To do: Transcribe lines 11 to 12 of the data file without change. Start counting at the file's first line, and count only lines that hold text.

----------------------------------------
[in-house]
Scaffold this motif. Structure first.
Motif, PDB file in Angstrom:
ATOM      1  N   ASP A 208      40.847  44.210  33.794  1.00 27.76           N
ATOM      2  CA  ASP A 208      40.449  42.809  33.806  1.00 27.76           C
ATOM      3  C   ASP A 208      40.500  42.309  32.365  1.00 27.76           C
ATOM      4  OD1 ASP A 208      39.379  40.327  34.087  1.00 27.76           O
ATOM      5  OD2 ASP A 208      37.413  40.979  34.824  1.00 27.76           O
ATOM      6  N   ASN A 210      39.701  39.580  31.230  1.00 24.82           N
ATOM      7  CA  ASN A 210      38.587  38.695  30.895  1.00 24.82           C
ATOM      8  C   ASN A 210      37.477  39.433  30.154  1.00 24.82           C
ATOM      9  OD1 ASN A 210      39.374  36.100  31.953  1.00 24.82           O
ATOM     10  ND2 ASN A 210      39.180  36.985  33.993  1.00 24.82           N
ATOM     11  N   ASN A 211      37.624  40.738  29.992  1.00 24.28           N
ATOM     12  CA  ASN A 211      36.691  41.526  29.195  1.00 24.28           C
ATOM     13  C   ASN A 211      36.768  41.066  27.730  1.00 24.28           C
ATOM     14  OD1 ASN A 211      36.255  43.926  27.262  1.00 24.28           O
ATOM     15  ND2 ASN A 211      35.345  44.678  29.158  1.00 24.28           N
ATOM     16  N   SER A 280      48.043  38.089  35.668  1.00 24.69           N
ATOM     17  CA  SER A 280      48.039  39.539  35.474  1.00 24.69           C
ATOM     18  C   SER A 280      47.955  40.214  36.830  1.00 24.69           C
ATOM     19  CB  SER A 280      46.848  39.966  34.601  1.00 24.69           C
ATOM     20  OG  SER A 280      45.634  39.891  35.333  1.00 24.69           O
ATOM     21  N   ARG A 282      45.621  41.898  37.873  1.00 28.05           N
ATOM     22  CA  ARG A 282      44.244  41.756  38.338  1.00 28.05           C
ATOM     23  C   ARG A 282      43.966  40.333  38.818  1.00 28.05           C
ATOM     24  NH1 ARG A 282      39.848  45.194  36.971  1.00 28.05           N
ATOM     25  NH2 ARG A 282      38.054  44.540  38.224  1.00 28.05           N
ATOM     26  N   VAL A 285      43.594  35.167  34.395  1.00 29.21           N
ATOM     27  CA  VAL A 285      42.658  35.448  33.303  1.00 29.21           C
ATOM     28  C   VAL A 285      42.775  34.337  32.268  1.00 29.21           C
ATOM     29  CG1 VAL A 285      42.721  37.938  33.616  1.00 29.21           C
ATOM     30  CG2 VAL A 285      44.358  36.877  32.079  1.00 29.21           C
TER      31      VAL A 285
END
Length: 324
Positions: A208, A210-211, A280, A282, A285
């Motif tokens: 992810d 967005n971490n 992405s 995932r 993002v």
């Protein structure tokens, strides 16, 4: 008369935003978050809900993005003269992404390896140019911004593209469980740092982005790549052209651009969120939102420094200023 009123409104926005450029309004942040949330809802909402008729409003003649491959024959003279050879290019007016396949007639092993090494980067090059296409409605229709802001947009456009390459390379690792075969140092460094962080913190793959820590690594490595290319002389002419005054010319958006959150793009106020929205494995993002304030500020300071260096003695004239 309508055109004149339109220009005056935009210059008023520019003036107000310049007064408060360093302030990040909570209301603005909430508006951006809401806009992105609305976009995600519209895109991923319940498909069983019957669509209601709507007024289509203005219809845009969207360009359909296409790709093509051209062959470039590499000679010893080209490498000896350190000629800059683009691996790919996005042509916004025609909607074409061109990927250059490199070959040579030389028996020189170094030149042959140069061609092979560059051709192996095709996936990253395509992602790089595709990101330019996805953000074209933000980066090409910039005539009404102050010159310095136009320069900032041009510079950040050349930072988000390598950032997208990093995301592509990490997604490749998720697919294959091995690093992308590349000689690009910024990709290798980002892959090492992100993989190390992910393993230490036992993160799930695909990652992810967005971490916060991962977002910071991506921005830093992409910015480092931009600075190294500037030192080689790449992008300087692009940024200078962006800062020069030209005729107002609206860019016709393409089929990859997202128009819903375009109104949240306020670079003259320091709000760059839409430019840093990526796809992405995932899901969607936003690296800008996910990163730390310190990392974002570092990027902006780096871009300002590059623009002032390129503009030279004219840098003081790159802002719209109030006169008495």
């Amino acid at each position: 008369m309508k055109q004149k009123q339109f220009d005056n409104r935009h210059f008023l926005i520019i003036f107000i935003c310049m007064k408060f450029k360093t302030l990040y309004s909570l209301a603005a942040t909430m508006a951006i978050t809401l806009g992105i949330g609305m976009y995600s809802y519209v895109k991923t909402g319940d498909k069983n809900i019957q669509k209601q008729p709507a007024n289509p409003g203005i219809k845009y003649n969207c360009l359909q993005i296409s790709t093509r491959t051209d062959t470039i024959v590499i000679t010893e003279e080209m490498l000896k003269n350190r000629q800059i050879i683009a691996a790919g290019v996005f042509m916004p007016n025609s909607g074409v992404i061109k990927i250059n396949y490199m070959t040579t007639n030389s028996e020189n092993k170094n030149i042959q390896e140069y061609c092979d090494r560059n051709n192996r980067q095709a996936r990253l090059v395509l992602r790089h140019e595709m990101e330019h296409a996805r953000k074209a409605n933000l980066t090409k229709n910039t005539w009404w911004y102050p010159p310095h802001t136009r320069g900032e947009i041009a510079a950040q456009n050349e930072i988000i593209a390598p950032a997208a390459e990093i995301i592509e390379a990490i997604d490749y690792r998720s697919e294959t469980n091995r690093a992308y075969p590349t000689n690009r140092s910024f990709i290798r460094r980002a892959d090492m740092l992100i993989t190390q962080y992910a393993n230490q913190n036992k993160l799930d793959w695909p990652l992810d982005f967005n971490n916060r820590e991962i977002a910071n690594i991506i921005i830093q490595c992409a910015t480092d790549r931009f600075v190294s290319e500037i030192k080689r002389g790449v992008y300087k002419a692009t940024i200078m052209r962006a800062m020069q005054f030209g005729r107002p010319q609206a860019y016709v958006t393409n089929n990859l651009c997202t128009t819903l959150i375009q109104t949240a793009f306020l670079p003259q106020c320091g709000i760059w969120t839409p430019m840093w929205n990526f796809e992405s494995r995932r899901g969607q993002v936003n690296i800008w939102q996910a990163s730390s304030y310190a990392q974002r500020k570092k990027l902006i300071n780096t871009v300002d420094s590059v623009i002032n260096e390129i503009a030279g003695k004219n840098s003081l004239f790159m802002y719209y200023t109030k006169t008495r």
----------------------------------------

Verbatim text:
ATOM      8  C   ASN A 210      37.477  39.433  30.154  1.00 24.82           C
ATOM      9  OD1 ASN A 210      39.374  36.100  31.953  1.00 24.82           O